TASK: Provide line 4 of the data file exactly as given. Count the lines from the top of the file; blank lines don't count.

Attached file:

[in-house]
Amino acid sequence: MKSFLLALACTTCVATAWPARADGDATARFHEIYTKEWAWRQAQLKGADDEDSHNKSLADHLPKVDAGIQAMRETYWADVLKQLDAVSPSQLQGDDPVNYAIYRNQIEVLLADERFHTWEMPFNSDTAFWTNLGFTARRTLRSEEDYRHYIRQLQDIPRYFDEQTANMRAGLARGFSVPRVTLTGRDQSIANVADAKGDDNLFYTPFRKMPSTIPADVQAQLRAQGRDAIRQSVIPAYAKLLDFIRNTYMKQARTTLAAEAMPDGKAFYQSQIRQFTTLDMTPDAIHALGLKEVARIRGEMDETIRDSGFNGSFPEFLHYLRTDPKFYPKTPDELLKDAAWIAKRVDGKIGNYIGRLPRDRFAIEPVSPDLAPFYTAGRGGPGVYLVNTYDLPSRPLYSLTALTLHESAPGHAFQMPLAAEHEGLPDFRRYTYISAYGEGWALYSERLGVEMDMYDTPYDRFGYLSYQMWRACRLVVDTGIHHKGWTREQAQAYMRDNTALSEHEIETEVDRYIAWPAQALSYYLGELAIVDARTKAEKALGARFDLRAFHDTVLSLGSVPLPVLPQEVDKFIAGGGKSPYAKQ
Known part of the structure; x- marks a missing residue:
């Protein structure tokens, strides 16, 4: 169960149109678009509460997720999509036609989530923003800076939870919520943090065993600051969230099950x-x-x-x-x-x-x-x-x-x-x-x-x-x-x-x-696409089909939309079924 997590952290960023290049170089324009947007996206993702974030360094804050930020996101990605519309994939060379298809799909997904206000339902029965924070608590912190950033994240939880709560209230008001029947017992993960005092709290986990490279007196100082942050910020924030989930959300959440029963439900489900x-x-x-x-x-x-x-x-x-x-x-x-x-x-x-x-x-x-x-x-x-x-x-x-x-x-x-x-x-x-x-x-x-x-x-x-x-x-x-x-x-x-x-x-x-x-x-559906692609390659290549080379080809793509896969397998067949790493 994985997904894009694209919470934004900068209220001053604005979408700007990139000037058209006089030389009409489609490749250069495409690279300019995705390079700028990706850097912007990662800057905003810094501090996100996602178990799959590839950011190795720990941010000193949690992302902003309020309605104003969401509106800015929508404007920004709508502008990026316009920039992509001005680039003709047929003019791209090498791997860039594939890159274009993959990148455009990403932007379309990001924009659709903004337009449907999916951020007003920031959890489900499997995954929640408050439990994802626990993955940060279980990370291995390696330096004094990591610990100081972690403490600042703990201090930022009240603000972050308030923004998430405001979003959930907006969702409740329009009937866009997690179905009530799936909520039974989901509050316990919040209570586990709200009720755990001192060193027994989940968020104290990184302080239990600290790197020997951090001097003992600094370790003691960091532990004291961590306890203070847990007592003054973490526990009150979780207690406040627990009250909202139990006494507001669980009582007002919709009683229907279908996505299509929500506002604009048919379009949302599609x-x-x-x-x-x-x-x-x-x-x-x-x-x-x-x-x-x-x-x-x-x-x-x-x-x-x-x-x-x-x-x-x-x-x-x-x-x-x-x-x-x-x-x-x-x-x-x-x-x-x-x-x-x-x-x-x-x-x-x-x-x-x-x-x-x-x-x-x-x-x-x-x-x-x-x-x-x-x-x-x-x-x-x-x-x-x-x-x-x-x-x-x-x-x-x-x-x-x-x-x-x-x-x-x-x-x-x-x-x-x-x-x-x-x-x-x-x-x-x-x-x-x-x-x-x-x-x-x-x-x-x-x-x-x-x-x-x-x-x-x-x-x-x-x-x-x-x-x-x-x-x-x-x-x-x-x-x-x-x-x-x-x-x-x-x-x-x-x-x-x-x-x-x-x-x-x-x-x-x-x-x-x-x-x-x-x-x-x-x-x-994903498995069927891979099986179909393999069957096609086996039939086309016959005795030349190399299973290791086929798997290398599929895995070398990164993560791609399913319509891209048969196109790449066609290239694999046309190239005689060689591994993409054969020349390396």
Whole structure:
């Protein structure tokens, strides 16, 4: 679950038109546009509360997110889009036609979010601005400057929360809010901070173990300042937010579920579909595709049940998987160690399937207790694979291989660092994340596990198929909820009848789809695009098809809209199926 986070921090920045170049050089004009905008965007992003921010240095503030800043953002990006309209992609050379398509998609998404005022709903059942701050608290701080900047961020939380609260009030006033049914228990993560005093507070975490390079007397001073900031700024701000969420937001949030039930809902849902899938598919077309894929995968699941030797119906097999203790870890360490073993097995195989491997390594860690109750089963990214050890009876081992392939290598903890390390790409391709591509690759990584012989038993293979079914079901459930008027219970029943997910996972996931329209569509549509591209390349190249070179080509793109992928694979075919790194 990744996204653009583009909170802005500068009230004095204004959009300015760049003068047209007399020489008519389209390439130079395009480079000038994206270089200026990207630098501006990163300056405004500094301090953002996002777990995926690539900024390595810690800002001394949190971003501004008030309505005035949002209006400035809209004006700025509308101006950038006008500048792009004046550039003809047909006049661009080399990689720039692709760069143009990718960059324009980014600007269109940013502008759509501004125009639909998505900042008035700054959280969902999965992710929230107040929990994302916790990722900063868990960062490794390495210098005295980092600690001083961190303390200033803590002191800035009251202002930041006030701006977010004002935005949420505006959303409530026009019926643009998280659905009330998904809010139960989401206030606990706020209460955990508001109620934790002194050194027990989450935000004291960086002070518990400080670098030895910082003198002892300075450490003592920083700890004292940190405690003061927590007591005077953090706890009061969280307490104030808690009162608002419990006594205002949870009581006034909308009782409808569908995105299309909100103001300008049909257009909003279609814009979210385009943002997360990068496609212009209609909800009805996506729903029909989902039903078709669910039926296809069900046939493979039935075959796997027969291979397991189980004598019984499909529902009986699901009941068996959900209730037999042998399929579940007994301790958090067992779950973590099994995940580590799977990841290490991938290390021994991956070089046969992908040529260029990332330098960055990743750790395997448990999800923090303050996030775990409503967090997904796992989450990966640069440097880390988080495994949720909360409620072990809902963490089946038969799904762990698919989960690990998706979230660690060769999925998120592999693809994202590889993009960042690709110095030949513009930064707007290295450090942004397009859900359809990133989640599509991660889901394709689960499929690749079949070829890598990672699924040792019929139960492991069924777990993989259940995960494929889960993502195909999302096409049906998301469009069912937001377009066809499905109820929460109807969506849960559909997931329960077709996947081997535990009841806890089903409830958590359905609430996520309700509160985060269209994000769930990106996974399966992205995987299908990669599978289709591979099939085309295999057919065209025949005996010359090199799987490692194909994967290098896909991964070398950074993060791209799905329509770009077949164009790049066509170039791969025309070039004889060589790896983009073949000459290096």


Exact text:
């Protein structure tokens, strides 16, 4: 169960149109678009509460997720999509036609989530923003800076939870919520943090065993600051969230099950x-x-x-x-x-x-x-x-x-x-x-x-x-x-x-x-696409089909939309079924 997590952290960023290049170089324009947007996206993702974030360094804050930020996101990605519309994939060379298809799909997904206000339902029965924070608590912190950033994240939880709560209230008001029947017992993960005092709290986990490279007196100082942050910020924030989930959300959440029963439900489900x-x-x-x-x-x-x-x-x-x-x-x-x-x-x-x-x-x-x-x-x-x-x-x-x-x-x-x-x-x-x-x-x-x-x-x-x-x-x-x-x-x-x-x-x-x-x-559906692609390659290549080379080809793509896969397998067949790493 994985997904894009694209919470934004900068209220001053604005979408700007990139000037058209006089030389009409489609490749250069495409690279300019995705390079700028990706850097912007990662800057905003810094501090996100996602178990799959590839950011190795720990941010000193949690992302902003309020309605104003969401509106800015929508404007920004709508502008990026316009920039992509001005680039003709047929003019791209090498791997860039594939890159274009993959990148455009990403932007379309990001924009659709903004337009449907999916951020007003920031959890489900499997995954929640408050439990994802626990993955940060279980990370291995390696330096004094990591610990100081972690403490600042703990201090930022009240603000972050308030923004998430405001979003959930907006969702409740329009009937866009997690179905009530799936909520039974989901509050316990919040209570586990709200009720755990001192060193027994989940968020104290990184302080239990600290790197020997951090001097003992600094370790003691960091532990004291961590306890203070847990007592003054973490526990009150979780207690406040627990009250909202139990006494507001669980009582007002919709009683229907279908996505299509929500506002604009048919379009949302599609x-x-x-x-x-x-x-x-x-x-x-x-x-x-x-x-x-x-x-x-x-x-x-x-x-x-x-x-x-x-x-x-x-x-x-x-x-x-x-x-x-x-x-x-x-x-x-x-x-x-x-x-x-x-x-x-x-x-x-x-x-x-x-x-x-x-x-x-x-x-x-x-x-x-x-x-x-x-x-x-x-x-x-x-x-x-x-x-x-x-x-x-x-x-x-x-x-x-x-x-x-x-x-x-x-x-x-x-x-x-x-x-x-x-x-x-x-x-x-x-x-x-x-x-x-x-x-x-x-x-x-x-x-x-x-x-x-x-x-x-x-x-x-x-x-x-x-x-x-x-x-x-x-x-x-x-x-x-x-x-x-x-x-x-x-x-x-x-x-x-x-x-x-x-x-x-x-x-x-x-x-x-x-x-x-x-x-x-x-x-x-994903498995069927891979099986179909393999069957096609086996039939086309016959005795030349190399299973290791086929798997290398599929895995070398990164993560791609399913319509891209048969196109790449066609290239694999046309190239005689060689591994993409054969020349390396």